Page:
Another important example allows the use of non-custodial wallets. Paradoxically, the existence of non-custodial, ‘anonymous’ wallets, criticized by some government bodies, allows for effective AML and a fair level of privacy at the same time. Banning or restricting the use of non-custodial wallets would drive CBDC AML toward banking in silo-like AML systems, and would help engender a mentality that occludes visibility of transactions to individual banks only. Thus, being totally ineffective despite hindering privacy. Allowing non-custodial wallets will help to mitigate AML and capital control related risks.
A further example is enabling elements of decentralization. Every centralized control system fails on collusion. Collusion is how the biggest economic scandals happen. Adding an element of decentralization related to consensus on the protocol parameters or off-chain attributes assigned to transactions will help to manage sustainability and fraud risks.
- How could a CBDC provide privacy to consumers without providing complete anonymity and facilitating illicit financial activity?
This can be done in the same way as it is currently done in the crypto space now, by allowing non-custodial wallets and equipping the system with proper AML and capital control tools. Crypto AML and capital control systems are many times more effective than traditional finance systems. To give an example, Coinfirm can inform an entity in real-time of situations such as: “There are 100 BTC that are related to terrorism financing that have just arrived to your account number XYZ. Please freeze the account; enclosed is evidence of 1k+ transaction flows.” This is impossible in a traditional financial system, as well as the CBDC, in the form currently under discussion.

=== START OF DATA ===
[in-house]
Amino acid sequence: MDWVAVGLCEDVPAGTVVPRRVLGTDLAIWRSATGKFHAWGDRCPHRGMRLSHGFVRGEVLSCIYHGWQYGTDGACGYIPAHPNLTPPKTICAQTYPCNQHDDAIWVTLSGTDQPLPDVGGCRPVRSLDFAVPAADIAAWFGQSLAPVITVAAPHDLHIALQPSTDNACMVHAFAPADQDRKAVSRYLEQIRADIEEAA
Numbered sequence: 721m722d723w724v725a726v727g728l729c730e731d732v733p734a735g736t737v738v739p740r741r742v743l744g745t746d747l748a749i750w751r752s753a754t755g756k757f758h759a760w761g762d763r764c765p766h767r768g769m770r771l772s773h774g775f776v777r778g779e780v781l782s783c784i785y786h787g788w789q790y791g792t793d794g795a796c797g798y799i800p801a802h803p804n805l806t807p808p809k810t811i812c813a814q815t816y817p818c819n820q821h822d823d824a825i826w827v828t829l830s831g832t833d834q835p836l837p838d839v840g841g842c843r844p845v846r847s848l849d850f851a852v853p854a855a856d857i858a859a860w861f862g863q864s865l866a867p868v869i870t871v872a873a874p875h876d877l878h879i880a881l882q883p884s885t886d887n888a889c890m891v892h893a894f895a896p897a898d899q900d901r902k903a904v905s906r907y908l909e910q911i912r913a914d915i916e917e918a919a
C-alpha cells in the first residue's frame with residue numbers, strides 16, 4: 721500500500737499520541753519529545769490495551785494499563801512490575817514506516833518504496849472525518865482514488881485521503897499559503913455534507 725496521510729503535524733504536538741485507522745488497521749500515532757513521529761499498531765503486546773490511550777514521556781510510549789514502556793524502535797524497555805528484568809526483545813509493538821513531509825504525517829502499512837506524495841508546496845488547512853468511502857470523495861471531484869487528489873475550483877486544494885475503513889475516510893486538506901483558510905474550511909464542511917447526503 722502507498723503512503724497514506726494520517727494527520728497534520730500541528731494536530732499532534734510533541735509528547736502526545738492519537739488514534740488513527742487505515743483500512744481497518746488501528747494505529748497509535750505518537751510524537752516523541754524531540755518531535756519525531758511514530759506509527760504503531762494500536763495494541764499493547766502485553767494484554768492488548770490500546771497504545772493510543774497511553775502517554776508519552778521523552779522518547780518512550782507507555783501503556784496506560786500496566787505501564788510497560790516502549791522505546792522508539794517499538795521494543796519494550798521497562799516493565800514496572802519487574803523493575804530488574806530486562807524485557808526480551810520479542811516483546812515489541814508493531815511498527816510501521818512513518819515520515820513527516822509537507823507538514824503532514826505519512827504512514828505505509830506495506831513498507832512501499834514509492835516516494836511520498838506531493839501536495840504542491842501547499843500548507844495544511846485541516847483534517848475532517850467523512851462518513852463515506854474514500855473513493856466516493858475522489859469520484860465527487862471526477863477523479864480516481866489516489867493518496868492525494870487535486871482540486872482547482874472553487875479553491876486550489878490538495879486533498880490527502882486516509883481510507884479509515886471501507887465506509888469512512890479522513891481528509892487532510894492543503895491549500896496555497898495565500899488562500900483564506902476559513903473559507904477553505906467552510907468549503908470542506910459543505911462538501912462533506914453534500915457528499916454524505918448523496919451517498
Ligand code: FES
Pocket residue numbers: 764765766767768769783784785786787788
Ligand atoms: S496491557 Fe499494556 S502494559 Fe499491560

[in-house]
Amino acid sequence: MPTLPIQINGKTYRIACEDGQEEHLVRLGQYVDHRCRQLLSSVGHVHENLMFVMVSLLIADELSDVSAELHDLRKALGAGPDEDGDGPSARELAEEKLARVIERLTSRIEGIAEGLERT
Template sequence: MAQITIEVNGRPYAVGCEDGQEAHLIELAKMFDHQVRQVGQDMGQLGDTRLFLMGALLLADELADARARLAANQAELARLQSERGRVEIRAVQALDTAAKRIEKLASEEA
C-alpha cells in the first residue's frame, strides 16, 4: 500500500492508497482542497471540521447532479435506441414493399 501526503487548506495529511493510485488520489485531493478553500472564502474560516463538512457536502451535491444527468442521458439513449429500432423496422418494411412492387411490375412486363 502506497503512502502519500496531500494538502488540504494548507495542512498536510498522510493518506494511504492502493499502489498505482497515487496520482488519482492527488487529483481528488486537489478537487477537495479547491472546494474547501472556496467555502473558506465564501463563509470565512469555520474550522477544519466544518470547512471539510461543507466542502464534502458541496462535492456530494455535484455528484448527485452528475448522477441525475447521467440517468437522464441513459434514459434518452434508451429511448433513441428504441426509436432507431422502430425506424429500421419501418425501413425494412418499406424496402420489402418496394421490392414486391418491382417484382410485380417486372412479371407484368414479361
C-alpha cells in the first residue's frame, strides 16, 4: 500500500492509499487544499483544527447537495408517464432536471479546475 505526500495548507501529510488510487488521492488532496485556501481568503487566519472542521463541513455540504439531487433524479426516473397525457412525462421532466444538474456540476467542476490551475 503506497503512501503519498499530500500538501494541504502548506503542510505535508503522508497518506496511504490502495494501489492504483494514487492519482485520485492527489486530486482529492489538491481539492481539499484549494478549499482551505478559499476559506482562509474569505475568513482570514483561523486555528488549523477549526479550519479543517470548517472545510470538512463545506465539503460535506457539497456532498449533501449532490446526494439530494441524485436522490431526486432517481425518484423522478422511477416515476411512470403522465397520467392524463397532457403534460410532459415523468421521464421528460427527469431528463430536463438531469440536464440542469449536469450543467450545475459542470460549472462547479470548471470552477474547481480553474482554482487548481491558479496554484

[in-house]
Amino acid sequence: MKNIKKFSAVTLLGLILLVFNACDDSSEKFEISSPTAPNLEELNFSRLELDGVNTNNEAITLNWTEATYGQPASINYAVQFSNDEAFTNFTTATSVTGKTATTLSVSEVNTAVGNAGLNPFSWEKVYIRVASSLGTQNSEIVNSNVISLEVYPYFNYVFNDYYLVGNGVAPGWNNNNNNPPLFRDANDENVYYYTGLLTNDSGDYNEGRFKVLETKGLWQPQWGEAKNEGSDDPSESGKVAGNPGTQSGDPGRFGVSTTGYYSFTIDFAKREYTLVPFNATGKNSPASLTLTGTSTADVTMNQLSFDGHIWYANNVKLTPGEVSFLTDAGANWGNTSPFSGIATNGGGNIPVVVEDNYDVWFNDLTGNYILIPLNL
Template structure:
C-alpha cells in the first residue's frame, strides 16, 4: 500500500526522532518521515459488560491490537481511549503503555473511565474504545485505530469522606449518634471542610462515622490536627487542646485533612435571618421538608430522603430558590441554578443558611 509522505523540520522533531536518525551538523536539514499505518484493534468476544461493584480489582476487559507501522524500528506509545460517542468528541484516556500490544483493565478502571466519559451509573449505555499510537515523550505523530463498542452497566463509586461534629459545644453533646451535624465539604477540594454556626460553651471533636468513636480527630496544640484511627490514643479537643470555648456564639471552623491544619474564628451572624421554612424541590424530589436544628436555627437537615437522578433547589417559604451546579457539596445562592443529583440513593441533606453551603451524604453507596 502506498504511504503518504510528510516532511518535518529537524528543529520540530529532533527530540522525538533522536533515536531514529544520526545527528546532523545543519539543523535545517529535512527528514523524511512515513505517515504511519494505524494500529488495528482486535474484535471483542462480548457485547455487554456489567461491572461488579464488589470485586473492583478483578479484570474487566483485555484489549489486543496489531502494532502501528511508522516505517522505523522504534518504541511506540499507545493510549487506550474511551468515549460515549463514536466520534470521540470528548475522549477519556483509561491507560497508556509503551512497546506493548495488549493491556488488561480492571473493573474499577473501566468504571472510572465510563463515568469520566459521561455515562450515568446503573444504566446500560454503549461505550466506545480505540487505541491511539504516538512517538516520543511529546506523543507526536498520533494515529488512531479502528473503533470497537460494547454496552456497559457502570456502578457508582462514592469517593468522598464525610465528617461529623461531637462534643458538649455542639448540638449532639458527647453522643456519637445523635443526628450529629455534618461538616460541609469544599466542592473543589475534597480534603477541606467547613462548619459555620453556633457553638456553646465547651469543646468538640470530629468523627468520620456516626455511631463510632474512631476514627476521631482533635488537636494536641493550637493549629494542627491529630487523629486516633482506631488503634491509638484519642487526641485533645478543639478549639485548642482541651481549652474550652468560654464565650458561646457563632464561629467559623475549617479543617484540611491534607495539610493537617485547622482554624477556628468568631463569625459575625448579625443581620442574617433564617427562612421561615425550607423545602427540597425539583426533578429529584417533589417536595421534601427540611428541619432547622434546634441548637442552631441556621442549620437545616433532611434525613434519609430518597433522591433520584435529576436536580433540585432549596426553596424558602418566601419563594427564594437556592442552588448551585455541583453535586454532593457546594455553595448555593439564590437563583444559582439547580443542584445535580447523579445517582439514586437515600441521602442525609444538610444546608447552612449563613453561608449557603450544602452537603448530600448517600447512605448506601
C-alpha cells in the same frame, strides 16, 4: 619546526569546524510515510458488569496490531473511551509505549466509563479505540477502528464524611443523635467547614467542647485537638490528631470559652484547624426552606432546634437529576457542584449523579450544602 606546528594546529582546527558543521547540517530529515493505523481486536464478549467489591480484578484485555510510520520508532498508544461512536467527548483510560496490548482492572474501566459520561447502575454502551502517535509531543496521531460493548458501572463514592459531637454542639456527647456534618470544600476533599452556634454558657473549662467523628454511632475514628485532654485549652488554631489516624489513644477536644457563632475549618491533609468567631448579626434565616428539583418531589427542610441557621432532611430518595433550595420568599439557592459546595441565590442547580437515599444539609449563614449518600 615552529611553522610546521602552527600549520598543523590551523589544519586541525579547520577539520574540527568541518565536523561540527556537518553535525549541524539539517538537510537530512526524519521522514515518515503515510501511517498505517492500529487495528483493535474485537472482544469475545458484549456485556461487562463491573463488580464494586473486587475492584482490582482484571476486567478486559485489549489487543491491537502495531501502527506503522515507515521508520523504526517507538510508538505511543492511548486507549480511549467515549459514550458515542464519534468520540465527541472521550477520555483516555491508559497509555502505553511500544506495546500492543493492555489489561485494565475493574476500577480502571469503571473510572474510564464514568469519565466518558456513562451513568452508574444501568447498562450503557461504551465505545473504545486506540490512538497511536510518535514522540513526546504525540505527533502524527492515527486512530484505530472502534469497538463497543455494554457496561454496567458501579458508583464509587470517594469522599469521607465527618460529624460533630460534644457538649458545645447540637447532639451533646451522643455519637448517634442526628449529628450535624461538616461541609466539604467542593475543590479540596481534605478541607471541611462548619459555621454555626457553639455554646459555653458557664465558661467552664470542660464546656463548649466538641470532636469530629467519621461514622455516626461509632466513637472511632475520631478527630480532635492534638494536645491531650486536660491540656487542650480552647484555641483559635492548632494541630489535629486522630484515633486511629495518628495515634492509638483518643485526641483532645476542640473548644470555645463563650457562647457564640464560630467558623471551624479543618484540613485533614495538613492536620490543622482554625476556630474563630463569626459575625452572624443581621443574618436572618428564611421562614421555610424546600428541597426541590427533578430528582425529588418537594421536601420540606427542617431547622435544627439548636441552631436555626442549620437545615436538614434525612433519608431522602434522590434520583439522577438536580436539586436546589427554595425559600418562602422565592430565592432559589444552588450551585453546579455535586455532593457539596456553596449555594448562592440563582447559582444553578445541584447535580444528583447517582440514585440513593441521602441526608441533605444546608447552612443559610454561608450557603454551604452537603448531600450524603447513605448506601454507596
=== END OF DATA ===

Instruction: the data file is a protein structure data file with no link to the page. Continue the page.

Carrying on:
- How could a CBDC be designed to foster operational and cyber resiliency? What operational or cyber risks might be unavoidable?
Careful consideration of which functions of a CBDC should remain at the protocol layer and which should be moved to supporting tools should be given. The more functions are embodied in the protocol layer, the more operational it might be but at the tradeoff of vulnerability to exploits. State issued assets should rather give a preference of security over operational resiliency.
- Should a CBDC be legal tender?
If it is not legal tender, it will struggle to be competitive with cryptocurrencies.
- Should a CBDC pay interest? If so, why and how? If not, why not?
No, it will increase preference towards older versus younger generations (adopters) and their heirs. It will also continuously limit the treasury capability of open market operations or create incentives for new issuance and increasing liability or debt. Instead, it is much more practical and equitable to limit the supply of the asset. Functions such as staking or liquidity provision should be left to the open market.